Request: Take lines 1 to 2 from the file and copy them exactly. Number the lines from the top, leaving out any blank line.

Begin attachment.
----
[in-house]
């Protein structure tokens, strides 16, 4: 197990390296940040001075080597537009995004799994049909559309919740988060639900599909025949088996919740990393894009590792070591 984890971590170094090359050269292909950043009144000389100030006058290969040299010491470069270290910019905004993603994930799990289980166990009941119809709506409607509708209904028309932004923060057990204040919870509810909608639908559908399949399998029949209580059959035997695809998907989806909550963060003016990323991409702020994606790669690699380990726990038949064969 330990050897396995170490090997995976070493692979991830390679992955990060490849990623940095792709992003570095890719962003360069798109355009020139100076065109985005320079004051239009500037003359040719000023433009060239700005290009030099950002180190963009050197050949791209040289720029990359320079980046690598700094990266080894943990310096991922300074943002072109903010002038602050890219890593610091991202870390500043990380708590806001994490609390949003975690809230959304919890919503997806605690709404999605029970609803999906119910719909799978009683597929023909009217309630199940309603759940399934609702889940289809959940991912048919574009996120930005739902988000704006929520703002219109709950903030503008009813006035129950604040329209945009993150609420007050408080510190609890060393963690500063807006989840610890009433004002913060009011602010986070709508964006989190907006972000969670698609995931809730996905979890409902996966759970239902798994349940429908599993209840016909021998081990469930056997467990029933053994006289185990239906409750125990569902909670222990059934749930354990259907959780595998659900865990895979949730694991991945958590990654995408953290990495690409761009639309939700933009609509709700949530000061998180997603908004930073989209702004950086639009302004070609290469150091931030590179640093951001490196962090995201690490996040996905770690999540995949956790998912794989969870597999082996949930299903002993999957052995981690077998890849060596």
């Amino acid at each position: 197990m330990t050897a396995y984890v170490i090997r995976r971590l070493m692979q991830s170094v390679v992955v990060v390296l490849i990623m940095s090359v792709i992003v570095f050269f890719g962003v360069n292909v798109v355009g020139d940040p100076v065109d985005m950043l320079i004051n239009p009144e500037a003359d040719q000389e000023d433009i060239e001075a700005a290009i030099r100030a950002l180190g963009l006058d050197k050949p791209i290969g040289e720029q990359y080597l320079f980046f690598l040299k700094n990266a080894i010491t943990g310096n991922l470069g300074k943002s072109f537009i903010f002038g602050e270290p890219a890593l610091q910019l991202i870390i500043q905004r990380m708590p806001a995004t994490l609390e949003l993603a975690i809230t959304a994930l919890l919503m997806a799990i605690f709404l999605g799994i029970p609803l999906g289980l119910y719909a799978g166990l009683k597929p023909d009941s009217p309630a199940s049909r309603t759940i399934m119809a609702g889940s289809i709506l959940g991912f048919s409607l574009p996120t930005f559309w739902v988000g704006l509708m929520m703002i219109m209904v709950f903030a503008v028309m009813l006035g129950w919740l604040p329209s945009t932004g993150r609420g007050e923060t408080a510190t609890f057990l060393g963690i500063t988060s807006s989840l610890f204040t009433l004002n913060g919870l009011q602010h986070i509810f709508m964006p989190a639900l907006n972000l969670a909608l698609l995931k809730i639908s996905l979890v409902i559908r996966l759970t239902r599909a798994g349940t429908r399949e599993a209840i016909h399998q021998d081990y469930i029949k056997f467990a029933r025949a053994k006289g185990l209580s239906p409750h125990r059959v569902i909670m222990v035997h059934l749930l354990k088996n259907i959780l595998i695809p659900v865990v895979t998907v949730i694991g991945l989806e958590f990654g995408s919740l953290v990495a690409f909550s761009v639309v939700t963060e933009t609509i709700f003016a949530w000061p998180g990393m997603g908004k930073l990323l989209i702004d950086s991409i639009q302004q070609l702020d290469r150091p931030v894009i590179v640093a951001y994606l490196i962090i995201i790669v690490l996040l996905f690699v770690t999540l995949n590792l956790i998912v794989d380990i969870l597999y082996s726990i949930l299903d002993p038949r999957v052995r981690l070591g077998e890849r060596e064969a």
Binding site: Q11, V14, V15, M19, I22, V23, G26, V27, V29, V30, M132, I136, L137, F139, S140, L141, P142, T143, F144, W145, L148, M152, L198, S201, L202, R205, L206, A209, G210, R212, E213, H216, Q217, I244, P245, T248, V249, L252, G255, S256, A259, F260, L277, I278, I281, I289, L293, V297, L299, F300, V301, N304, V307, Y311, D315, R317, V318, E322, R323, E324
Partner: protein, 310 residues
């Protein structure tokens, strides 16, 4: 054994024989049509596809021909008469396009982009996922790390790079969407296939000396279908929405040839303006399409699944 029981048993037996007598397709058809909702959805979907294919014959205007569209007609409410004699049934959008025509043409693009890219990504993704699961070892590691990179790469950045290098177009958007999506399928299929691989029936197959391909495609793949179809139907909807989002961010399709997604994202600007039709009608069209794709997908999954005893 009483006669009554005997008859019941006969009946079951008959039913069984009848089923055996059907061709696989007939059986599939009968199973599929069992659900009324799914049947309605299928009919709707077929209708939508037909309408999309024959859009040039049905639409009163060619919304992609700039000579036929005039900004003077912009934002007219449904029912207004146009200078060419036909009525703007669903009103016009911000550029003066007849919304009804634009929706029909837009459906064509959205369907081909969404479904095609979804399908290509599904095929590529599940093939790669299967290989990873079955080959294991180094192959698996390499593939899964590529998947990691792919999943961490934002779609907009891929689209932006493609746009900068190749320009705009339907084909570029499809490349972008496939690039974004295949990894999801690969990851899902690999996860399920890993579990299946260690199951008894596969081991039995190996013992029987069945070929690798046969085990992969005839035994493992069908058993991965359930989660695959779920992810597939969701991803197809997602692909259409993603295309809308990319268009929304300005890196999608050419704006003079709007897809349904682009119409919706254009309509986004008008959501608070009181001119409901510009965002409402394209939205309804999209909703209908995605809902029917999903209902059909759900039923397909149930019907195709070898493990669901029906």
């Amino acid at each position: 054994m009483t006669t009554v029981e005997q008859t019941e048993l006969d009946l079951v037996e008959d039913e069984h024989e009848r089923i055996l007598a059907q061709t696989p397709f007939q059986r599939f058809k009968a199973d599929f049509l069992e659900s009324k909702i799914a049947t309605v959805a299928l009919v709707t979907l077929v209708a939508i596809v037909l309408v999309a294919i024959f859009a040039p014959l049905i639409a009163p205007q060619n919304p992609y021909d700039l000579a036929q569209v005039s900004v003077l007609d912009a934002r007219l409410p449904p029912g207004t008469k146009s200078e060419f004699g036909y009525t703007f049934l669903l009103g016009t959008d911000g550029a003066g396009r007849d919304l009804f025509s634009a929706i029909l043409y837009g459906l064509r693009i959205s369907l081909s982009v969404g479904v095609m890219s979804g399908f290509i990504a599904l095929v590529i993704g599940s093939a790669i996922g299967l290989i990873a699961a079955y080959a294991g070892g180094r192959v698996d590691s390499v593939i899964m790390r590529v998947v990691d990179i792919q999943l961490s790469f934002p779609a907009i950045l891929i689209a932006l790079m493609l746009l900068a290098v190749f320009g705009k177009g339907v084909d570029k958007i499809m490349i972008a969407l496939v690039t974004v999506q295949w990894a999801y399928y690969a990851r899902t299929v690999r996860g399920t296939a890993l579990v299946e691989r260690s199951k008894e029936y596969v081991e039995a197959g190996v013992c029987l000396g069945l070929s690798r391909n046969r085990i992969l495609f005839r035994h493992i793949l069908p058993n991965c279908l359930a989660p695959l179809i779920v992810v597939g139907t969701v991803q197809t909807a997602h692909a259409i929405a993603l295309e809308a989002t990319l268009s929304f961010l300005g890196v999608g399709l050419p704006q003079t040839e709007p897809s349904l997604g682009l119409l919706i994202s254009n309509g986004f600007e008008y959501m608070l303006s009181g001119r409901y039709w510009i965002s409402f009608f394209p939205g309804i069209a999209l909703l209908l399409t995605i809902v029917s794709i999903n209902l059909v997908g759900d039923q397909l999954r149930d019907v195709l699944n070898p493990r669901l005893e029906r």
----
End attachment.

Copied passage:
[in-house]
């Protein structure tokens, strides 16, 4: 197990390296940040001075080597537009995004799994049909559309919740988060639900599909025949088996919740990393894009590792070591 984890971590170094090359050269292909950043009144000389100030006058290969040299010491470069270290910019905004993603994930799990289980166990009941119809709506409607509708209904028309932004923060057990204040919870509810909608639908559908399949399998029949209580059959035997695809998907989806909550963060003016990323991409702020994606790669690699380990726990038949064969 330990050897396995170490090997995976070493692979991830390679992955990060490849990623940095792709992003570095890719962003360069798109355009020139100076065109985005320079004051239009500037003359040719000023433009060239700005290009030099950002180190963009050197050949791209040289720029990359320079980046690598700094990266080894943990310096991922300074943002072109903010002038602050890219890593610091991202870390500043990380708590806001994490609390949003975690809230959304919890919503997806605690709404999605029970609803999906119910719909799978009683597929023909009217309630199940309603759940399934609702889940289809959940991912048919574009996120930005739902988000704006929520703002219109709950903030503008009813006035129950604040329209945009993150609420007050408080510190609890060393963690500063807006989840610890009433004002913060009011602010986070709508964006989190907006972000969670698609995931809730996905979890409902996966759970239902798994349940429908599993209840016909021998081990469930056997467990029933053994006289185990239906409750125990569902909670222990059934749930354990259907959780595998659900865990895979949730694991991945958590990654995408953290990495690409761009639309939700933009609509709700949530000061998180997603908004930073989209702004950086639009302004070609290469150091931030590179640093951001490196962090995201690490996040996905770690999540995949956790998912794989969870597999082996949930299903002993999957052995981690077998890849060596």